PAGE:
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"Le Petit Prince"

Updated: Oct 11, 2023

By Gwen Carroll Sept. 28, 2023

Translated into over 500 languages and regarded as an iconic face of French literature, Antoine de Saint-Exupéy’s “The Little Prince” is a short book recommended for children ages six and up. Despite its reading level, people around the world vouch for its deeply meaningful lessons. Christopher Barros, Foreign Language Department, is one such person.

“The Little Prince” follows the story of a young, recently heartbroken prince who leaves his beloved rose on his home planet to set off on an adventure. As he visits several planets, each individual he encounters teaches him a valuable lesson. For instance, he runs into a lamplighter, whose job of lighting a lamp every dusk and putting it out every morning sounds simple until the prince realizes that his planet’s days are one minute long. He has no time for rest, mirroring the exhaustion that comes with faithfulness to one’s job. The encounter that struck a chord most with Barros, though, was with the businessman.

“The businessman is obsessed with counting things and is convinced that he owns all the stars, which the prince cannot comprehend; he understands loving a single rose, but not owning all the roses in the world. It is an excellent critique on the selfishness of adults—since many have forgotten how to share—and on what makes something worth loving. Too many people have forgotten how to love things for the sake of it, not for how much money they can make,” Barros said.

As he read the book, Barros saw himself in the prince—both find themselves in traveling and love exploring beyond their comfort zones to encounter new people and places. The message of seeing with one’s heart, not just one’s eyes, and the beauty it unveils, especially resonated with Barros.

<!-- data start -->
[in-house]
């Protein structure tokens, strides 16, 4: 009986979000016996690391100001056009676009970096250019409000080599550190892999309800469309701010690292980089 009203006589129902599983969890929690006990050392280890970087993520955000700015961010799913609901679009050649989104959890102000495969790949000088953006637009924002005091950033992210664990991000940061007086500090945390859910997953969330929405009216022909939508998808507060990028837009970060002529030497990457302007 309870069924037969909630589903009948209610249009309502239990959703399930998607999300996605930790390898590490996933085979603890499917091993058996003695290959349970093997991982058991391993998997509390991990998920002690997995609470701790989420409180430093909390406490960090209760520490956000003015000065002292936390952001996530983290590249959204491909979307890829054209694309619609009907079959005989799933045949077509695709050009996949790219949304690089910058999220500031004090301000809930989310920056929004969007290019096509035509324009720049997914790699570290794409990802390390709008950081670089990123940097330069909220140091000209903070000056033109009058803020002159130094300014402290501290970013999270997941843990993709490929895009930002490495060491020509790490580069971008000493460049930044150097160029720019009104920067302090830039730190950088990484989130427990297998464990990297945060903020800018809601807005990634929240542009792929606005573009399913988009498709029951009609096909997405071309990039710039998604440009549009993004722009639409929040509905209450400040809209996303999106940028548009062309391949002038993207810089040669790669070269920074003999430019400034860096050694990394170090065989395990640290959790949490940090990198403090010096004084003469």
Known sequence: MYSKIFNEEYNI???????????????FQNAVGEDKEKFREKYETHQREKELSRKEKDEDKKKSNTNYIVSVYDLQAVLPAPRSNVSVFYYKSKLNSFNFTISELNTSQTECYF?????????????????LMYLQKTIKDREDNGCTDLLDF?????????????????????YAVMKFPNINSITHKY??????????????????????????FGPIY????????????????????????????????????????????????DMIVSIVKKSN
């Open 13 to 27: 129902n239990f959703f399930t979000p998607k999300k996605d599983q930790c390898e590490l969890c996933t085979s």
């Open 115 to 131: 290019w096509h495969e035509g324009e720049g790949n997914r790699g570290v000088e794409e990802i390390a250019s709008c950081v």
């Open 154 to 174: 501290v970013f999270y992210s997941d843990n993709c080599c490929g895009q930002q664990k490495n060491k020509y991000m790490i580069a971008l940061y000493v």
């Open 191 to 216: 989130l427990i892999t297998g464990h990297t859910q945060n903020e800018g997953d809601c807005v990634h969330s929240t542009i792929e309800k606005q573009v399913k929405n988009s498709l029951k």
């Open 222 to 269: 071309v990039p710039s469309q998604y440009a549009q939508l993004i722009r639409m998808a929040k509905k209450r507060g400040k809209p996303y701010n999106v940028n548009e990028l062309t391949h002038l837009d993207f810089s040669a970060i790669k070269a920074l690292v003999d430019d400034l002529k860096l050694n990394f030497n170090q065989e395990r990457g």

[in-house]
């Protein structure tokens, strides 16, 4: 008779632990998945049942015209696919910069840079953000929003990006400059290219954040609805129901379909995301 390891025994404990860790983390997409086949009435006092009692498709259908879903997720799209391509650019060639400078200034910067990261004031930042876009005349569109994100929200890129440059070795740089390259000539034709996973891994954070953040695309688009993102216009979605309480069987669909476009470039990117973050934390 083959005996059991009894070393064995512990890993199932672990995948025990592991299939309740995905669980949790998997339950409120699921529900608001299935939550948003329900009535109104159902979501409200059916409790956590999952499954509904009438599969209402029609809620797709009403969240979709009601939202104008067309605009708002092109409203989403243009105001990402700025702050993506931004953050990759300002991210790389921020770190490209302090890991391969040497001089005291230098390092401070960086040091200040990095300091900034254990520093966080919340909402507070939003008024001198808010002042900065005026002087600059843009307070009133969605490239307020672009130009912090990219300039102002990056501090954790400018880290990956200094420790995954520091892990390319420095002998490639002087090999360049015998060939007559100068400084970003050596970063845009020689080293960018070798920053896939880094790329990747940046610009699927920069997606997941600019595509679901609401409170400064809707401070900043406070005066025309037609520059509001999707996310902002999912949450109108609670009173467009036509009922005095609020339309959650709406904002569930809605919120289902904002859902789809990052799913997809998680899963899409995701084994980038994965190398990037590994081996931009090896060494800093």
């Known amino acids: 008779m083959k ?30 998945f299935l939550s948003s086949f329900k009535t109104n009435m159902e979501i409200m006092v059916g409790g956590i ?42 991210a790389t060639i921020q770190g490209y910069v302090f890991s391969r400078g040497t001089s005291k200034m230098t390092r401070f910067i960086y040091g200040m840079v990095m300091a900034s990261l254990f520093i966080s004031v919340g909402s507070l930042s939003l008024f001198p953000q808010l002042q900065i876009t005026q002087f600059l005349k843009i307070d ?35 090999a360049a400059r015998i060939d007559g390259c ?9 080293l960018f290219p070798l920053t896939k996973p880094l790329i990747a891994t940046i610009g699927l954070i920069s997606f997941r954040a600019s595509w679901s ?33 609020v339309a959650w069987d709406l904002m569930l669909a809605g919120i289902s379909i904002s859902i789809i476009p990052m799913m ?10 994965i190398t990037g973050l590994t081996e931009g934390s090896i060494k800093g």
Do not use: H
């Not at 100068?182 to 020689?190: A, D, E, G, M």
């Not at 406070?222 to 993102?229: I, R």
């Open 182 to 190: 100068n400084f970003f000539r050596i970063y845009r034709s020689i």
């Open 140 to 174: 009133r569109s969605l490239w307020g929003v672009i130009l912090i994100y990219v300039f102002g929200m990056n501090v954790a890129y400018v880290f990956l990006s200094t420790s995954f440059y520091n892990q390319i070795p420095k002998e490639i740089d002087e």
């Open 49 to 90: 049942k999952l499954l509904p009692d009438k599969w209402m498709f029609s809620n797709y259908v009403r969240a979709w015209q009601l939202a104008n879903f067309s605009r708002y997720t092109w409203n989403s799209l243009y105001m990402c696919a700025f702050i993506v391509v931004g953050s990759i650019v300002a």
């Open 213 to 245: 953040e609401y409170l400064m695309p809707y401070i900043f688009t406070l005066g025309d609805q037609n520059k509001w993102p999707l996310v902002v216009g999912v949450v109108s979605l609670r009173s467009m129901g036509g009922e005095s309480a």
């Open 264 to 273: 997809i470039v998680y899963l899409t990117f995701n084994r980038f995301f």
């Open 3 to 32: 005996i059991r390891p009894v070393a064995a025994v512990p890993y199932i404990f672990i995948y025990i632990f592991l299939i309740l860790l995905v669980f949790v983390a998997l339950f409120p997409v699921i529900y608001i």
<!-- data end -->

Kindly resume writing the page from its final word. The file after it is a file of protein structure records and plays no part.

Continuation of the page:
“One big message in the book that has always stuck with me is that the most important things are invisible to the eye. The crucial things about people are all things one cannot tell by just looking at them; to really understand somebody, one must feel, not just see,” Barros said.

The book’s lessons about the losses that come with growing up are valuable, which is why Barros reads the book with his AP French students. Having first read the book in his college years, “The Little Prince” left a strong impression on Barros. Knowing students in AP French are about to leave the nest and experience the wonders of the world, Barros uses the book as a way to teach them to never forget how to make friends and to never leave behind the child within.


Gwen Carroll

staff writer

Gwen Carroll is a junior and the Page Editor for Community News and Feature School. She enjoys playing rhythm games in her free time. Her favorite subject is English and is interested in psychology and law.

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